What are the benefits of the bill?
- Ordinary homeowners who may not currently be able to afford $15,000 – $20,000 out of pocket (even for rebates) can now access residential solar through affordable monthly payments;
- freeze energy bills at current levels;
- get credits for additional energy produced on the grid;
- By making renewable choices available and affordable for middle income Coloradans increased installations will mean increased jobs;
- It will bring known investment capital to the State of Colorado;
- It will facilitate the research and development of renewable energy technologies in Colorado and attract future businesses;
- It will streamline larger renewable projects;
- create more financing options for small, medium and large private and public projects.
While most Coloradans support increasing energy independence, reducing our carbon footprint, diversifying our energy portfolio, until today, most people could not afford to participate in the "green revolution" because it was priced out of reach.
If you have ever wanted to put solar panels but didn't think you could afford them, perhaps now is the time to think again. You can find more information by visiting Colorado Solar Industries Association at http://www.coseia.org/newsite/index.php?id=1 or by contacting the Governor's Energy Office at http://www.colorado.gov/energy/.
This was a great way to celebrate Earth Day. The Earth may not be the only green you save.
April 20, 2009
Some of you may recall that Briana and Alliyah Patterson were orphaned last month when their mother was murdered. When the police sought to apprehend their father as a suspect he killed himself, leaving the two girls (ages 3 & 4) orphaned.
(Photo: Aurora Sentinel File)
For full article see
These girls have not only lost their parents and primary source of support but will be facing the rest of their lives with serious emotional implications. Many of you have expressed your shared sense of grief for the losses suffered by these girls.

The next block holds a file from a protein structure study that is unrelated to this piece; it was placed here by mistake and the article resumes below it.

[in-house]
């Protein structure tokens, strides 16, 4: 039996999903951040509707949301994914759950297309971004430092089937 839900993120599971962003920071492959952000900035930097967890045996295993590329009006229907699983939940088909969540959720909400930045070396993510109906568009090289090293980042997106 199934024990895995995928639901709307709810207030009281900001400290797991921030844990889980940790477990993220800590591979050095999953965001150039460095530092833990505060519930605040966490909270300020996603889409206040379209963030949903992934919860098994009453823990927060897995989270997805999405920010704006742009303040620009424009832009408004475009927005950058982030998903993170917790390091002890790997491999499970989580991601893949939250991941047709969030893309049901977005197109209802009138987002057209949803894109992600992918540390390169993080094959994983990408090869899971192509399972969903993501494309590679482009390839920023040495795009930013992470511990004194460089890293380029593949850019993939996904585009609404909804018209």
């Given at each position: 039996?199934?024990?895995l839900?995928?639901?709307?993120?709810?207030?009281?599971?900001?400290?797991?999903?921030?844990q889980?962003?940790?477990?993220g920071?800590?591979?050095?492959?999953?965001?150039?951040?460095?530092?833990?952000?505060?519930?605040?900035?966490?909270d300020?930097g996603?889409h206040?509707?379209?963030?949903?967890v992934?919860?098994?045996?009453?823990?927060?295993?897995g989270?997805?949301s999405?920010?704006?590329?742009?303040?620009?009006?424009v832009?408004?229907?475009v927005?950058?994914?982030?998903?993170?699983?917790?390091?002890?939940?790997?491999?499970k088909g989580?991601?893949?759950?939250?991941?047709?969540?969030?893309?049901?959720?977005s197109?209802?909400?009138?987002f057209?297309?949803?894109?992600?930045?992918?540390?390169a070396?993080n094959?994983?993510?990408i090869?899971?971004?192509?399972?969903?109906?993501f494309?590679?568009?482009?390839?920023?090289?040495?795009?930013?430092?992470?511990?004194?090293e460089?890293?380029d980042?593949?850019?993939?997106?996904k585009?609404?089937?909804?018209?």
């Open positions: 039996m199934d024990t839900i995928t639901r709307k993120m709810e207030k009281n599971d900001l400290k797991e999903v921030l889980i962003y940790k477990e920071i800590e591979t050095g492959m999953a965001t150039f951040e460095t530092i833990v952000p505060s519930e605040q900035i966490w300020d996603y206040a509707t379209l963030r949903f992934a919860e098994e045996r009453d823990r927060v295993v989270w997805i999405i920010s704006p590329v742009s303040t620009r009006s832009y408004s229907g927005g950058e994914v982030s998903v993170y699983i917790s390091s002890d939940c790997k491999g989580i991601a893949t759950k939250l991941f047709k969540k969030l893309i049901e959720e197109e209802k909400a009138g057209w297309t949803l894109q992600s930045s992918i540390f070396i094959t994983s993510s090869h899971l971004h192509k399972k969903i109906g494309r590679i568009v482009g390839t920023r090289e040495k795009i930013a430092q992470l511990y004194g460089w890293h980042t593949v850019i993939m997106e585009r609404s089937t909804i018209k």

Want to know what you can do to help?
Rep. Ryden, Sen. Spence, Sen. Williams and myself have set up a fund. The "Brianna and Alliyah Fund" was established at the Public Service Credit Union. Donations to the fund can be made at any of the union's 28 branches, including the Aurora office at 16900 E. Quincy Ave.
Our hearts go out to these children. Please consider helping if you can or let others know how they can help. Any amount helps.
April 15, 2009
As Colorado faces an historic budget and economic crisis, including $1.4 billion in cuts, and risk of closure of significant portions of state services, including public higher education, the question has quite fairly been asked…
"Have we done everything we can to reduce wasteful spending?"
And the answer is "no."
But it may not be where you think. There is no fluff or frills in Colorado's budget that has one of the lowest state tax rates in the Country and a requirement to balance the budget every year. Corrections is feeling the brunt of the legislature's failure to lead and act to take on sentencing reform.
We have introduced 2 omnibus sentencing reform bills today that reflect smarter choices on prison policy and spending.
We are currently spending twice as much on corrections as higher education and it is now the 3 largest item in our budget and growing. Most other states have taken similar moves as an effort to be evidence-based, smarter on crime and smarter with spending taxpayer money. Colorado can't afford NOT to consider sentencing reform.